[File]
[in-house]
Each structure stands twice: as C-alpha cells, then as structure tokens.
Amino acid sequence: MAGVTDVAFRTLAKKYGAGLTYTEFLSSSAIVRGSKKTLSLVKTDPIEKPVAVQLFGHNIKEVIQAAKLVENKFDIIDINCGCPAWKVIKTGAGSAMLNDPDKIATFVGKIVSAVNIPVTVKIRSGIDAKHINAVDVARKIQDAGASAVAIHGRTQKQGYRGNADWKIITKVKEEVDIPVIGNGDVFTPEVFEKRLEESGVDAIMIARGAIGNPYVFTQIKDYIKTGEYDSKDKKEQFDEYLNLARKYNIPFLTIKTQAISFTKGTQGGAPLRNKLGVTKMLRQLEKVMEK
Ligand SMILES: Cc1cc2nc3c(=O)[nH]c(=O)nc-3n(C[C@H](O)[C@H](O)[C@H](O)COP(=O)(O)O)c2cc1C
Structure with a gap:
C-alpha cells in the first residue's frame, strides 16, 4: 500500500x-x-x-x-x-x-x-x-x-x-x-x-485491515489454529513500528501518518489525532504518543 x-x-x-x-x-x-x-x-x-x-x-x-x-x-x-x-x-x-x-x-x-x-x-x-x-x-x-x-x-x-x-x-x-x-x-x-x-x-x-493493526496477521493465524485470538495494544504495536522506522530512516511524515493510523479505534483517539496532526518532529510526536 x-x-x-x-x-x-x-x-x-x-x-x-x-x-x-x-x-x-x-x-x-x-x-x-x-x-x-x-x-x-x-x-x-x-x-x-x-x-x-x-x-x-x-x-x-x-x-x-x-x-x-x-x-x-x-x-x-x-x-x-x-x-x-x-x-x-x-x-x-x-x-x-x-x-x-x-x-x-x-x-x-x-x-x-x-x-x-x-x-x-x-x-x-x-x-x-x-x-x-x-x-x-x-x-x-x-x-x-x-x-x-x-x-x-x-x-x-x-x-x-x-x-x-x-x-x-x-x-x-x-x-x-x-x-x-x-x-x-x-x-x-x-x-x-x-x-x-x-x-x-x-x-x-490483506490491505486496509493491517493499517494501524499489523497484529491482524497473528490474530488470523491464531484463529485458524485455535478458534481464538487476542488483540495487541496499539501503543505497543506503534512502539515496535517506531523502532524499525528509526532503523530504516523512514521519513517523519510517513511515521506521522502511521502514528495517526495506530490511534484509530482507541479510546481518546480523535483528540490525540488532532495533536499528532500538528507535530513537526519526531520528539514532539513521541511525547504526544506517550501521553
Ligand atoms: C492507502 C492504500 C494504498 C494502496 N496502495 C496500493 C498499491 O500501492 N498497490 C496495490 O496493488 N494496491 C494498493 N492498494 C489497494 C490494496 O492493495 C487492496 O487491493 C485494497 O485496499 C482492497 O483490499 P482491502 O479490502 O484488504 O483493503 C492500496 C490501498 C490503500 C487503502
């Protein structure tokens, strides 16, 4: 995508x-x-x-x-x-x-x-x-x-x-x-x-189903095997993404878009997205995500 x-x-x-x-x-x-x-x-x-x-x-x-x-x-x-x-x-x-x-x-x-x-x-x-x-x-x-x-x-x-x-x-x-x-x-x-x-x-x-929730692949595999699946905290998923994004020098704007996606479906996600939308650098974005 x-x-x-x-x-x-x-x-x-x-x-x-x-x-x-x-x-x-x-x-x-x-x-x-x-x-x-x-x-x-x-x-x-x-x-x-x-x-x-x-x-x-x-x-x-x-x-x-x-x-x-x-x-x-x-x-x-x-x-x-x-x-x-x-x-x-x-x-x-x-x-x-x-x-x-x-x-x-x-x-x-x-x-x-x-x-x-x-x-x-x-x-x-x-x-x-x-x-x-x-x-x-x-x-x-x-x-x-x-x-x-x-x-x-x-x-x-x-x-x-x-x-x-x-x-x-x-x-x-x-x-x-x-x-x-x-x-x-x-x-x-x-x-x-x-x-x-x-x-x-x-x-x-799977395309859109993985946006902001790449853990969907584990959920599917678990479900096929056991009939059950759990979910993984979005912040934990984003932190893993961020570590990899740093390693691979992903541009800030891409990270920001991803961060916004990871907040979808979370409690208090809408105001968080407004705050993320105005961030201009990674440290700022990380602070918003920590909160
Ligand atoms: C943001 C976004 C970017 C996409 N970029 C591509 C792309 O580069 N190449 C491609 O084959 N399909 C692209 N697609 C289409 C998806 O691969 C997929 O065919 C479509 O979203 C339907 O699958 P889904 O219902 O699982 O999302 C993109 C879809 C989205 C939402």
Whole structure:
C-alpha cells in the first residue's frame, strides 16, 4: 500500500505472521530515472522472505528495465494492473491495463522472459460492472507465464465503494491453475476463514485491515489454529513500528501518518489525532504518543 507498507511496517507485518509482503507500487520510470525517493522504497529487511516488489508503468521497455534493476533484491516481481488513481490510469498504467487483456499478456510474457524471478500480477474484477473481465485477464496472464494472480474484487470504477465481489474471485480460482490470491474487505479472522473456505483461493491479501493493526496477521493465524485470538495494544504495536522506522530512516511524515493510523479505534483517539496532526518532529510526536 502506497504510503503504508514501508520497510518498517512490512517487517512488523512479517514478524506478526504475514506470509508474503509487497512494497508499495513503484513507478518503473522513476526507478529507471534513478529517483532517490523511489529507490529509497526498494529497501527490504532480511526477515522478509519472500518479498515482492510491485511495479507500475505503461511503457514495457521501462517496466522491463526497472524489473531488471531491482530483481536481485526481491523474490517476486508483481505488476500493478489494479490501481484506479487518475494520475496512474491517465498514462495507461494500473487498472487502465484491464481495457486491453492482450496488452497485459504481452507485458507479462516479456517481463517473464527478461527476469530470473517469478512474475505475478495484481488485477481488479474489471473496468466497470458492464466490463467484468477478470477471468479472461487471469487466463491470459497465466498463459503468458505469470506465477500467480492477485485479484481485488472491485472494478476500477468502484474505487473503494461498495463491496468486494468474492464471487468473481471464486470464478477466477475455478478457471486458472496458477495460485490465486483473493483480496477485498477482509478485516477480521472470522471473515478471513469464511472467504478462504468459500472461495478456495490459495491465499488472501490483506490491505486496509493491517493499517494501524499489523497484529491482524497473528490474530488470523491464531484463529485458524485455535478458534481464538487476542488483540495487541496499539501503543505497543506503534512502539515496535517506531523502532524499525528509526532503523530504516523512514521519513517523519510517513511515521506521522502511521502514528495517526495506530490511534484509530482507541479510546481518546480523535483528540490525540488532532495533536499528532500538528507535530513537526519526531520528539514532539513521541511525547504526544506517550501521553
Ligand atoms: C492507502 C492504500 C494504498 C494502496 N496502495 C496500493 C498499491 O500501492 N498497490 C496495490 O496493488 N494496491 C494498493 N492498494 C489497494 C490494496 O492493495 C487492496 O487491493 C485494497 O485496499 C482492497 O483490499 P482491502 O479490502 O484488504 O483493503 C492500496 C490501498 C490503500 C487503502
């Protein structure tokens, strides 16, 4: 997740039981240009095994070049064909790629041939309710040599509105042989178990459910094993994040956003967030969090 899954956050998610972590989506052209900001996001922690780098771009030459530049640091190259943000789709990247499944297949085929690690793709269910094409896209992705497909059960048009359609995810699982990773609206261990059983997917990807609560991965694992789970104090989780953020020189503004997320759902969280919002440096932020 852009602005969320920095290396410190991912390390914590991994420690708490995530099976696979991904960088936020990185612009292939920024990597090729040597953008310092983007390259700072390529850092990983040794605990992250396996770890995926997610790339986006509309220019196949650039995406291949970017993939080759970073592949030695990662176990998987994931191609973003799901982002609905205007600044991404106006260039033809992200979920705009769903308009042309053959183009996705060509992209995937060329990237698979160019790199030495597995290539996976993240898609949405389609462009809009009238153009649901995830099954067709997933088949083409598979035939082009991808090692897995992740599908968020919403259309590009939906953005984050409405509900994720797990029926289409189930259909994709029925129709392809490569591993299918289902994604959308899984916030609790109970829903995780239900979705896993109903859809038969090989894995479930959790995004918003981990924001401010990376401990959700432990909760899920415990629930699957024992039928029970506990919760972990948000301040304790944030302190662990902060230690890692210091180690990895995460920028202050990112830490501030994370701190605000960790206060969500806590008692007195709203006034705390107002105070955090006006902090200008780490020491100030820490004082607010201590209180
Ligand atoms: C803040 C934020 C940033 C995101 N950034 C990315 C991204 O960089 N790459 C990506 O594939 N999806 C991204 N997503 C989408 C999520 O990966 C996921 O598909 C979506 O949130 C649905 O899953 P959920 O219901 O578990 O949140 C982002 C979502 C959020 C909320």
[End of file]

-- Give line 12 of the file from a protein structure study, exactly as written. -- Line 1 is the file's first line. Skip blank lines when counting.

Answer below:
Ligand atoms: C492507502 C492504500 C494504498 C494502496 N496502495 C496500493 C498499491 O500501492 N498497490 C496495490 O496493488 N494496491 C494498493 N492498494 C489497494 C490494496 O492493495 C487492496 O487491493 C485494497 O485496499 C482492497 O483490499 P482491502 O479490502 O484488504 O483493503 C492500496 C490501498 C490503500 C487503502